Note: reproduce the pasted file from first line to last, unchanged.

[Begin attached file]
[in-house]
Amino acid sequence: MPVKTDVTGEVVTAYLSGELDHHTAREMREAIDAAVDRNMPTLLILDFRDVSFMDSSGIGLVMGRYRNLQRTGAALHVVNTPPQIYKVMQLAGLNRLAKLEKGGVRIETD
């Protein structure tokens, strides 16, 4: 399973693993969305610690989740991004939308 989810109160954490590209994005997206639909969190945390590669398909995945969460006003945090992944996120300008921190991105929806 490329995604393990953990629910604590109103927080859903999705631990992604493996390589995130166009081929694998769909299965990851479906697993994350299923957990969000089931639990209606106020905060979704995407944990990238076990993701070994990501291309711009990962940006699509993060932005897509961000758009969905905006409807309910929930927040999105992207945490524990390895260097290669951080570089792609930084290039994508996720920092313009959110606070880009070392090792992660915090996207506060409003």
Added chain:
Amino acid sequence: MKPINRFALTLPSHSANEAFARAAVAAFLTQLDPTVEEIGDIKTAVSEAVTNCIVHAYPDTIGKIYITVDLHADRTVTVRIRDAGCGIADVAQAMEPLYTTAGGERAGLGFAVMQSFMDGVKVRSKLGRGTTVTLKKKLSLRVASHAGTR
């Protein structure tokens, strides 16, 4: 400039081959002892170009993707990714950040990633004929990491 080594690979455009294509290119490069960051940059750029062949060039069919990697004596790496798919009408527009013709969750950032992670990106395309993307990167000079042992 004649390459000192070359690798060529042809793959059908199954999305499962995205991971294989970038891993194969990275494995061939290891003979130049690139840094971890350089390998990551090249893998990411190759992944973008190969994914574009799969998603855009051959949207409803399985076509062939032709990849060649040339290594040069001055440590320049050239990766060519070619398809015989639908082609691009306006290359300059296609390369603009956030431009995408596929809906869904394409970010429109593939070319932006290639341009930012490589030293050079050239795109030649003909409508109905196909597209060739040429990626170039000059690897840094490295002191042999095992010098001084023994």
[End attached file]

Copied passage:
[in-house]
Amino acid sequence: MPVKTDVTGEVVTAYLSGELDHHTAREMREAIDAAVDRNMPTLLILDFRDVSFMDSSGIGLVMGRYRNLQRTGAALHVVNTPPQIYKVMQLAGLNRLAKLEKGGVRIETD
């Protein structure tokens, strides 16, 4: 399973693993969305610690989740991004939308 989810109160954490590209994005997206639909969190945390590669398909995945969460006003945090992944996120300008921190991105929806 490329995604393990953990629910604590109103927080859903999705631990992604493996390589995130166009081929694998769909299965990851479906697993994350299923957990969000089931639990209606106020905060979704995407944990990238076990993701070994990501291309711009990962940006699509993060932005897509961000758009969905905006409807309910929930927040999105992207945490524990390895260097290669951080570089792609930084290039994508996720920092313009959110606070880009070392090792992660915090996207506060409003």
Added chain:
Amino acid sequence: MKPINRFALTLPSHSANEAFARAAVAAFLTQLDPTVEEIGDIKTAVSEAVTNCIVHAYPDTIGKIYITVDLHADRTVTVRIRDAGCGIADVAQAMEPLYTTAGGERAGLGFAVMQSFMDGVKVRSKLGRGTTVTLKKKLSLRVASHAGTR
């Protein structure tokens, strides 16, 4: 400039081959002892170009993707990714950040990633004929990491 080594690979455009294509290119490069960051940059750029062949060039069919990697004596790496798919009408527009013709969750950032992670990106395309993307990167000079042992 004649390459000192070359690798060529042809793959059908199954999305499962995205991971294989970038891993194969990275494995061939290891003979130049690139840094971890350089390998990551090249893998990411190759992944973008190969994914574009799969998603855009051959949207409803399985076509062939032709990849060649040339290594040069001055440590320049050239990766060519070619398809015989639908082609691009306006290359300059296609390369603009956030431009995408596929809906869904394409970010429109593939070319932006290639341009930012490589030293050079050239795109030649003909409508109905196909597209060739040429990626170039000059690897840094490295002191042999095992010098001084023994």